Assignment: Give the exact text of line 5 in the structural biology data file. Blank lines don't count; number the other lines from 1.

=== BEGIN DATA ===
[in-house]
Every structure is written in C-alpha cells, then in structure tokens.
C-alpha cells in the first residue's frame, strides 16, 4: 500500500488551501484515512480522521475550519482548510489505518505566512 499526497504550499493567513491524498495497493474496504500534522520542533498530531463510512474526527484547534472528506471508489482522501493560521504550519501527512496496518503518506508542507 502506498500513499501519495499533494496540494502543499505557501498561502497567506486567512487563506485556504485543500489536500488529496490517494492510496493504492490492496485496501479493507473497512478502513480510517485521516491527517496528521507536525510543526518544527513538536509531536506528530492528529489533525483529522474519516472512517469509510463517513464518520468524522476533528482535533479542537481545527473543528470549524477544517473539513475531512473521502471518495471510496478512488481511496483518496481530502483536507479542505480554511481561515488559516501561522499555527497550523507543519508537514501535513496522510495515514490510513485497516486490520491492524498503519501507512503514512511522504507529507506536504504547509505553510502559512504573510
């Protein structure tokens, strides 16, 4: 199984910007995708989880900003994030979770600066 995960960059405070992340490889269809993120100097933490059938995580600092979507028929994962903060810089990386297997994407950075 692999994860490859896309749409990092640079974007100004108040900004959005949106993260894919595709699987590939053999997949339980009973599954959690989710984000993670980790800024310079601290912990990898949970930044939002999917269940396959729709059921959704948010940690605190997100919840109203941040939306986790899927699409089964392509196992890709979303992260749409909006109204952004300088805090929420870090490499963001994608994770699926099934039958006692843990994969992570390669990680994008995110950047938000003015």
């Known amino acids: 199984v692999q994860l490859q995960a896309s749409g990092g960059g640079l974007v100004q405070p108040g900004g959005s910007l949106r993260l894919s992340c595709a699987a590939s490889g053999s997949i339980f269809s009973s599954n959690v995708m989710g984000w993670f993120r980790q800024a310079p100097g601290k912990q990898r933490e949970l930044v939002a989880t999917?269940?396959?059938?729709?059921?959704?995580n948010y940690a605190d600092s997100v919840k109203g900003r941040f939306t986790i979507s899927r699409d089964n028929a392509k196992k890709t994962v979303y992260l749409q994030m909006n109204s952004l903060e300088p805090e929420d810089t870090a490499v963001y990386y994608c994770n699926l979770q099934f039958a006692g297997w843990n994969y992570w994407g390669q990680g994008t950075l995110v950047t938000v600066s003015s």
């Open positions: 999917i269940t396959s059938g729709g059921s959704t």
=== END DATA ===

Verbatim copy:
């Known amino acids: 199984v692999q994860l490859q995960a896309s749409g990092g960059g640079l974007v100004q405070p108040g900004g959005s910007l949106r993260l894919s992340c595709a699987a590939s490889g053999s997949i339980f269809s009973s599954n959690v995708m989710g984000w993670f993120r980790q800024a310079p100097g601290k912990q990898r933490e949970l930044v939002a989880t999917?269940?396959?059938?729709?059921?959704?995580n948010y940690a605190d600092s997100v919840k109203g900003r941040f939306t986790i979507s899927r699409d089964n028929a392509k196992k890709t994962v979303y992260l749409q994030m909006n109204s952004l903060e300088p805090e929420d810089t870090a490499v963001y990386y994608c994770n699926l979770q099934f039958a006692g297997w843990n994969y992570w994407g390669q990680g994008t950075l995110v950047t938000v600066s003015s």